Construction firm pitches 'visiting pods' so people can see loved ones in long-term care
Company uses shipping containers to help bring families together
A construction company is turning shipping containers into visiting rooms for people who have loved ones in long-term care homes.
International construction firm PCL, which has an office in Sudbury, has already sold 92 units to the Manitoba government.
Manager Paul Franklin says the units, which are manufactured in Winnipeg, are outfitted with an HVAC system that will keep the air clean and protect elderly residents.
"The air would come from behind the resident and toward the visitor, so any droplets that would come out of the visitor's mouth, or whatever, would never be able to reach the resident. So the chances of them getting sick from the visitor are very, very slim," he said.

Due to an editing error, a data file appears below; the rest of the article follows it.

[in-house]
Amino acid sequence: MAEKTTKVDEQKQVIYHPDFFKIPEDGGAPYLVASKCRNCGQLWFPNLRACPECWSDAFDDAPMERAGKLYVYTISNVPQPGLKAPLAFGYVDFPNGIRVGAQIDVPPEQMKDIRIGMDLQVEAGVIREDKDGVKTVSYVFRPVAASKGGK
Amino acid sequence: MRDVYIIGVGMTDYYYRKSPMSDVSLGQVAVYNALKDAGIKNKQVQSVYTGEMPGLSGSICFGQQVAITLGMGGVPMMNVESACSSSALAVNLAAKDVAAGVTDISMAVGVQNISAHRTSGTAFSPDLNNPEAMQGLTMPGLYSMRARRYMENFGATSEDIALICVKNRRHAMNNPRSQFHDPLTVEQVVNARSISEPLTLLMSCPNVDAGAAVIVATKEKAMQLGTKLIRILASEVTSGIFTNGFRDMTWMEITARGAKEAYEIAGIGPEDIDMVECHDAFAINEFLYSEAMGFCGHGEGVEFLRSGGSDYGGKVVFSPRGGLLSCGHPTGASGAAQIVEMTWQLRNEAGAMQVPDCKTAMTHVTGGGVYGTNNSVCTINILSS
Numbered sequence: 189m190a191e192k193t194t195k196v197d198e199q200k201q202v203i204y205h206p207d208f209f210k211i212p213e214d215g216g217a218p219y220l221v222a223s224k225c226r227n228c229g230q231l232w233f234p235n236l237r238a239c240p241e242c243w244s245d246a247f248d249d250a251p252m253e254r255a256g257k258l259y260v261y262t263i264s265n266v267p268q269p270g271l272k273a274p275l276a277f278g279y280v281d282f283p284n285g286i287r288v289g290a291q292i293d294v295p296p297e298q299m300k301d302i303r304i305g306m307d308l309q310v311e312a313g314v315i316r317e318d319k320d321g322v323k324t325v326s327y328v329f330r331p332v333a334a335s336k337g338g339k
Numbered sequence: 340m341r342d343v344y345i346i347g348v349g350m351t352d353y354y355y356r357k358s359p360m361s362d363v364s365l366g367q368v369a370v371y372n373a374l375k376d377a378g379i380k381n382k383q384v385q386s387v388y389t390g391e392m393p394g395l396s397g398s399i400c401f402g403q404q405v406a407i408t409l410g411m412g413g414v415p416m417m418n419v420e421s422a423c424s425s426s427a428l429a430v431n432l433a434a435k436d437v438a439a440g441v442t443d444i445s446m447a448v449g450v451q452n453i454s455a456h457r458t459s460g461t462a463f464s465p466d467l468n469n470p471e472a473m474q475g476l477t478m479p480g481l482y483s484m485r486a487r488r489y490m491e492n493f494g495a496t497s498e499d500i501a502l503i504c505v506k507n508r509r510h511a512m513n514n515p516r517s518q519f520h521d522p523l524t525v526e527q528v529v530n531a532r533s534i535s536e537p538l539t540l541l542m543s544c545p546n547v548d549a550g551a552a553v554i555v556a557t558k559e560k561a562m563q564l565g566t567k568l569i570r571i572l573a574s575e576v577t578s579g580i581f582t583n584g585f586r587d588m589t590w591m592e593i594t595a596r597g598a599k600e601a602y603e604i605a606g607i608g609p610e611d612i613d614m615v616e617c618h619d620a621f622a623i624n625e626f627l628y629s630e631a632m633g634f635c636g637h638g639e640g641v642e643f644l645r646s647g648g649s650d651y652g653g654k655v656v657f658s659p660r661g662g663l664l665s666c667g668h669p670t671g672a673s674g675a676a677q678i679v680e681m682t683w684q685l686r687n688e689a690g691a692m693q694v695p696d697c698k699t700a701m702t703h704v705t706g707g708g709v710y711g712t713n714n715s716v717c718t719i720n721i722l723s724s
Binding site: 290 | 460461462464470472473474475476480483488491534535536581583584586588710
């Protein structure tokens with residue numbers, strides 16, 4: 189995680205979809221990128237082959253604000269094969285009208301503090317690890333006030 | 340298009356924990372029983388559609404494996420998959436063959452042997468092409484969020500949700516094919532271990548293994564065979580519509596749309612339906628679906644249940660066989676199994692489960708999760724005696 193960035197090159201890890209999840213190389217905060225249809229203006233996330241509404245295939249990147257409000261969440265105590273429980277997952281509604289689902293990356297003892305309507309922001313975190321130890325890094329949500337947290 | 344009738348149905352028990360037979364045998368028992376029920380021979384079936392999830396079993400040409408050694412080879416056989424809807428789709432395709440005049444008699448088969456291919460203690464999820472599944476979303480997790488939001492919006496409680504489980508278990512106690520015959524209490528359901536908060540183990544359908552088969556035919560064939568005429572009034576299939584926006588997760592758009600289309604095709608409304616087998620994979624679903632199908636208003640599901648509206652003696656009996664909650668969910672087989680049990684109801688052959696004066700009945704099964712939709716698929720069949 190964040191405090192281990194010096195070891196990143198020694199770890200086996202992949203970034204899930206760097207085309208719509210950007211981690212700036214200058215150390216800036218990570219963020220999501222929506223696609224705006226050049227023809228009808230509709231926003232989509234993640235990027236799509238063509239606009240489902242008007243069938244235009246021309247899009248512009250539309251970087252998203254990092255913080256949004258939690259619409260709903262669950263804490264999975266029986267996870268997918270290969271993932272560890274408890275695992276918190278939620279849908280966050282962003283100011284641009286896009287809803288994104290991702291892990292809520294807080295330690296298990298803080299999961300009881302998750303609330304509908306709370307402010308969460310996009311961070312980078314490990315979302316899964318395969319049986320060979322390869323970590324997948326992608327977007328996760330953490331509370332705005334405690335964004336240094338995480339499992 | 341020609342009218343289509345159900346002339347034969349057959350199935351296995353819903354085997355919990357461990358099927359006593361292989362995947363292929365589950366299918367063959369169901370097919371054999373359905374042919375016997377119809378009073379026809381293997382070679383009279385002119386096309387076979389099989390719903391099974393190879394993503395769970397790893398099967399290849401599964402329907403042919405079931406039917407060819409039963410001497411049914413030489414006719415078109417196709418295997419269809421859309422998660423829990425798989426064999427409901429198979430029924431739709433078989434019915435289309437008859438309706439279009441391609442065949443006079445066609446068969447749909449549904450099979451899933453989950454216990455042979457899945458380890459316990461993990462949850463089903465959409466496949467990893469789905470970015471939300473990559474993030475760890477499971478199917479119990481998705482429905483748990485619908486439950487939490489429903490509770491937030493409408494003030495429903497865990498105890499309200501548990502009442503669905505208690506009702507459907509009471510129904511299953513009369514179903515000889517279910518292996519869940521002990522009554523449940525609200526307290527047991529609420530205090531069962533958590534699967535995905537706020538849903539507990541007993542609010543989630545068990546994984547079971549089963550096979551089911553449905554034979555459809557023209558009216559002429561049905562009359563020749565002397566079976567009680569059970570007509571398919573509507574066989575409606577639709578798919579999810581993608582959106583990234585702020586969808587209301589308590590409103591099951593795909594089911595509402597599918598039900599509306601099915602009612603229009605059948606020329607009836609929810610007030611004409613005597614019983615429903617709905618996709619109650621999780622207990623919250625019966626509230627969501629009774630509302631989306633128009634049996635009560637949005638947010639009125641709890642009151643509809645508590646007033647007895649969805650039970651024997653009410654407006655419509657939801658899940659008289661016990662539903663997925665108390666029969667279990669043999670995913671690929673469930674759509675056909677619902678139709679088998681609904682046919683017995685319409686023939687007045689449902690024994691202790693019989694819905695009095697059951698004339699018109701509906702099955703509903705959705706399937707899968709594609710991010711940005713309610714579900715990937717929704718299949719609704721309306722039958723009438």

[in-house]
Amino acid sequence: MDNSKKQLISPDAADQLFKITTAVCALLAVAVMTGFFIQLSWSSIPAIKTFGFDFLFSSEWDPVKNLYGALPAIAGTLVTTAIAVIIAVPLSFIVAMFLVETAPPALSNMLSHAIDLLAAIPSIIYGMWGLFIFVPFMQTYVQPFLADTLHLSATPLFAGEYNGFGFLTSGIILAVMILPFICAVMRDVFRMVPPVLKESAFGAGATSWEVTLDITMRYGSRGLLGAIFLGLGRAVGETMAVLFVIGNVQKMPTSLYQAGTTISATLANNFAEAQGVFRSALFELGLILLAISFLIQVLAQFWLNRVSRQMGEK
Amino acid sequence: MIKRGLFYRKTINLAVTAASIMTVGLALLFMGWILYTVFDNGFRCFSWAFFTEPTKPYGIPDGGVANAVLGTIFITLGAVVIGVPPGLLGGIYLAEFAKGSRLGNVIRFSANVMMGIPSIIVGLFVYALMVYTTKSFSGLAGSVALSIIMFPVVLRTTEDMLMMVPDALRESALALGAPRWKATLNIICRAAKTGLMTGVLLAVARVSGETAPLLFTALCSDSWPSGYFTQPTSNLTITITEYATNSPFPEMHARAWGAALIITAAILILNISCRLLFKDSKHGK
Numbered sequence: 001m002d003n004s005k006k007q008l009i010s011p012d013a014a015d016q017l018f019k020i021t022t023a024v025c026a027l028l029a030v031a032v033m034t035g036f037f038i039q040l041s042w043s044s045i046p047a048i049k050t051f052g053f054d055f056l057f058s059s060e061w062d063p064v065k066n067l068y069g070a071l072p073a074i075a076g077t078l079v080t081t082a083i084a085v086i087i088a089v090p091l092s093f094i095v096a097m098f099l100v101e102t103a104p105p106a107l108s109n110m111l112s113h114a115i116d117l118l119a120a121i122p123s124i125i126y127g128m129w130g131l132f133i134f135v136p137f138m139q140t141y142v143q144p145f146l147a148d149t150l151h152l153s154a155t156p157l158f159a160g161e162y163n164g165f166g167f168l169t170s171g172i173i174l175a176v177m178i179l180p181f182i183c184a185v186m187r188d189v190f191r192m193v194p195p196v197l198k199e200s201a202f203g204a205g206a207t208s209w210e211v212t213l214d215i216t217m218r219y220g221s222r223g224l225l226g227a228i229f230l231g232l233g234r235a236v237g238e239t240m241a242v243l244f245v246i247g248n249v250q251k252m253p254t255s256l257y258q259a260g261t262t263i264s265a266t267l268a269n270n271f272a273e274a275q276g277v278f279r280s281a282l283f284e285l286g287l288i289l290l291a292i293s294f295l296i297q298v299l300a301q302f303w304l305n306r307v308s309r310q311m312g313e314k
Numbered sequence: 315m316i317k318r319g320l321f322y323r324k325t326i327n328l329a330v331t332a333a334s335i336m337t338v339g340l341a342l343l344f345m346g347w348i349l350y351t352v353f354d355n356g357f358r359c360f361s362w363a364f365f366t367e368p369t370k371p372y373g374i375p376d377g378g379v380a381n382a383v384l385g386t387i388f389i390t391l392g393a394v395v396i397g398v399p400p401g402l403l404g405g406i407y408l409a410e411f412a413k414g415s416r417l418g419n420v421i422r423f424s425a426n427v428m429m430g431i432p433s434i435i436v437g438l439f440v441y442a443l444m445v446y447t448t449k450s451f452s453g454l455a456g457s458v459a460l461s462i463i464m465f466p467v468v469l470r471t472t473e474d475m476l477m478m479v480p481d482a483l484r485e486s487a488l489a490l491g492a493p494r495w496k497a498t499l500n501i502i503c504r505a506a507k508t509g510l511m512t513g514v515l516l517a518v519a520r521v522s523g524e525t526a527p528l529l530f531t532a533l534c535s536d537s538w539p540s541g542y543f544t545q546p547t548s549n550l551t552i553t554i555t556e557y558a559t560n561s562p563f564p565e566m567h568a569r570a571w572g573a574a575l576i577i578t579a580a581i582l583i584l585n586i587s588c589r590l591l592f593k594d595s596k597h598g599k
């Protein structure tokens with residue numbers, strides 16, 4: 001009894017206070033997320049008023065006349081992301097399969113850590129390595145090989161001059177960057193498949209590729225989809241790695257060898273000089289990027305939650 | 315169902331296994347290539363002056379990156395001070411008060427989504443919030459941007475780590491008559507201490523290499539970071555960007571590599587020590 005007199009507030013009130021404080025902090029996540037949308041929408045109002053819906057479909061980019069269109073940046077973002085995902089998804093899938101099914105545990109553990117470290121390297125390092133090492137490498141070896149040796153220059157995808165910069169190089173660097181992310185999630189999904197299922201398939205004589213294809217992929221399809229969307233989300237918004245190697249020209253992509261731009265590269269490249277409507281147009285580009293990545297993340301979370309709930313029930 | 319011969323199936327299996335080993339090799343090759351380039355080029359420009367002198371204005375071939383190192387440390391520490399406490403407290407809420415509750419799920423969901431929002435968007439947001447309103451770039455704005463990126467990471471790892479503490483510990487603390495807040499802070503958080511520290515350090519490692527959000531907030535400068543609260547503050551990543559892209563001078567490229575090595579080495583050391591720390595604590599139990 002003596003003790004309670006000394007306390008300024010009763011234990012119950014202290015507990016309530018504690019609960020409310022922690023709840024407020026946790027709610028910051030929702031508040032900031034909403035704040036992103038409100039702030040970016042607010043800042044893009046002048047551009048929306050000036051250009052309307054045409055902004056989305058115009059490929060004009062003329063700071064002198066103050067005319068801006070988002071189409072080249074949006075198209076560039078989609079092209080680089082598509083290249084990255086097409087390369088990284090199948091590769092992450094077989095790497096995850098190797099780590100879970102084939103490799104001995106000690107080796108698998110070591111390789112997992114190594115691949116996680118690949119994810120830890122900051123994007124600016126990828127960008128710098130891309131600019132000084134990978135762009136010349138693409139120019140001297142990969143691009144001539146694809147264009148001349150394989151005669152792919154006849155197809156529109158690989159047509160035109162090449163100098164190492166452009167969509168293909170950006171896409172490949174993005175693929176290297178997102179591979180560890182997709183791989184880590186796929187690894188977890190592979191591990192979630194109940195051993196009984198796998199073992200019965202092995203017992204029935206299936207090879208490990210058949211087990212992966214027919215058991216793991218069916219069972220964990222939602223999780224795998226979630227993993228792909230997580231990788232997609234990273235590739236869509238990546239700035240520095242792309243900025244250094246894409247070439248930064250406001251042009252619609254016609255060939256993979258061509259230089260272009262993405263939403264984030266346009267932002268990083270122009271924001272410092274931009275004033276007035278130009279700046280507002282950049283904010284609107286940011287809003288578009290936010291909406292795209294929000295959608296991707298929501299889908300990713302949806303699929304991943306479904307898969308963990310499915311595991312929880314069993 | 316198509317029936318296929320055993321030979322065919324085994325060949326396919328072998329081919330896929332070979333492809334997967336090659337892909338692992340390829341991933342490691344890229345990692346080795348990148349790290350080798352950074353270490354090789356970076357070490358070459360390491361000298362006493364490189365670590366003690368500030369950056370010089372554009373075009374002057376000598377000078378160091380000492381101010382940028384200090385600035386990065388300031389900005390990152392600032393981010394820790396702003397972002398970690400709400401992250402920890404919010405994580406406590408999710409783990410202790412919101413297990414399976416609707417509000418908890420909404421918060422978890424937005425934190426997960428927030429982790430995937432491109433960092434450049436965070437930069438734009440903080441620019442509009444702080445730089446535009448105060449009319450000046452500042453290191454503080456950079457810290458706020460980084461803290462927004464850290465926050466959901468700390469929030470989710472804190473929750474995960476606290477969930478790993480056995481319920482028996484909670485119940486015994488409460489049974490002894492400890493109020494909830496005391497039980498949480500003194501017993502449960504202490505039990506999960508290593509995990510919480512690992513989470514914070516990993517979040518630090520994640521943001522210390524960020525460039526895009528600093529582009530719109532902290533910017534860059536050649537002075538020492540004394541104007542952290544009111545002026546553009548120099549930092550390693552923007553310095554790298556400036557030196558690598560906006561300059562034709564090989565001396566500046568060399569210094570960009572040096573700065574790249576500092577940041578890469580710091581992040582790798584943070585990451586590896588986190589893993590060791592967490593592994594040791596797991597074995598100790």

"It's completely self-contained, so it fits hospital standards for isolation units. Most long-term care facilities don't have them within themselves."
The units sold to the Manitoba government can accommodate one resident and up to five visitors. Visitors still need to keep physical distance from their loved ones, and the units must be cleaned between each use.
But the "visiting pods," as he calls them, can be used in different ways by long-term care facilities.
"You can convert it into a resident type suite, then [an infected person] could stay in there and they wouldn't pass it on to the rest of the residents," he said.
The units cost roughly $200,000.
"We're not profiting a lot on them, and it's to provide a solution," Franklin added.
"We're looking for ways that we can help to try and get through the COVID situation. I know that long-term care facilities have been hit hard by this, and I know the feeling of isolation that comes with that. And this allows people to remain connected to people in long term care facilities."